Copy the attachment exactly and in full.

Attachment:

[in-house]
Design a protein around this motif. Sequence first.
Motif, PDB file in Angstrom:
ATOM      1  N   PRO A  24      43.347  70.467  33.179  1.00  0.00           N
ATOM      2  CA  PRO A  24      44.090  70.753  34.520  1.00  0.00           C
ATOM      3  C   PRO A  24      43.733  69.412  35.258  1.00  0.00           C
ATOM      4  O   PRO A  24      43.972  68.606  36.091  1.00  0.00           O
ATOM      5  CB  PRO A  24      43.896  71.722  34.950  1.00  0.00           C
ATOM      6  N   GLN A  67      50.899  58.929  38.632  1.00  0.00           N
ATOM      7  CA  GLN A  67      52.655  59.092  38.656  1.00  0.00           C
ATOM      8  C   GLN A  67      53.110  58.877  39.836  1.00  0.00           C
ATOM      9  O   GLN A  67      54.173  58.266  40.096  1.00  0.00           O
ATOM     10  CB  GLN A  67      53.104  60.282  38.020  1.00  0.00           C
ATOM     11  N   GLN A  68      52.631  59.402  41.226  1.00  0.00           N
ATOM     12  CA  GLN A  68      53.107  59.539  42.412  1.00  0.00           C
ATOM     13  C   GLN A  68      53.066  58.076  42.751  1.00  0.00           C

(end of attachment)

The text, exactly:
[in-house]
Design a protein around this motif. Sequence first.
Motif, PDB file in Angstrom:
ATOM      1  N   PRO A  24      43.347  70.467  33.179  1.00  0.00           N
ATOM      2  CA  PRO A  24      44.090  70.753  34.520  1.00  0.00           C
ATOM      3  C   PRO A  24      43.733  69.412  35.258  1.00  0.00           C
ATOM      4  O   PRO A  24      43.972  68.606  36.091  1.00  0.00           O
ATOM      5  CB  PRO A  24      43.896  71.722  34.950  1.00  0.00           C
ATOM      6  N   GLN A  67      50.899  58.929  38.632  1.00  0.00           N
ATOM      7  CA  GLN A  67      52.655  59.092  38.656  1.00  0.00           C
ATOM      8  C   GLN A  67      53.110  58.877  39.836  1.00  0.00           C
ATOM      9  O   GLN A  67      54.173  58.266  40.096  1.00  0.00           O
ATOM     10  CB  GLN A  67      53.104  60.282  38.020  1.00  0.00           C
ATOM     11  N   GLN A  68      52.631  59.402  41.226  1.00  0.00           N
ATOM     12  CA  GLN A  68      53.107  59.539  42.412  1.00  0.00           C
ATOM     13  C   GLN A  68      53.066  58.076  42.751  1.00  0.00           C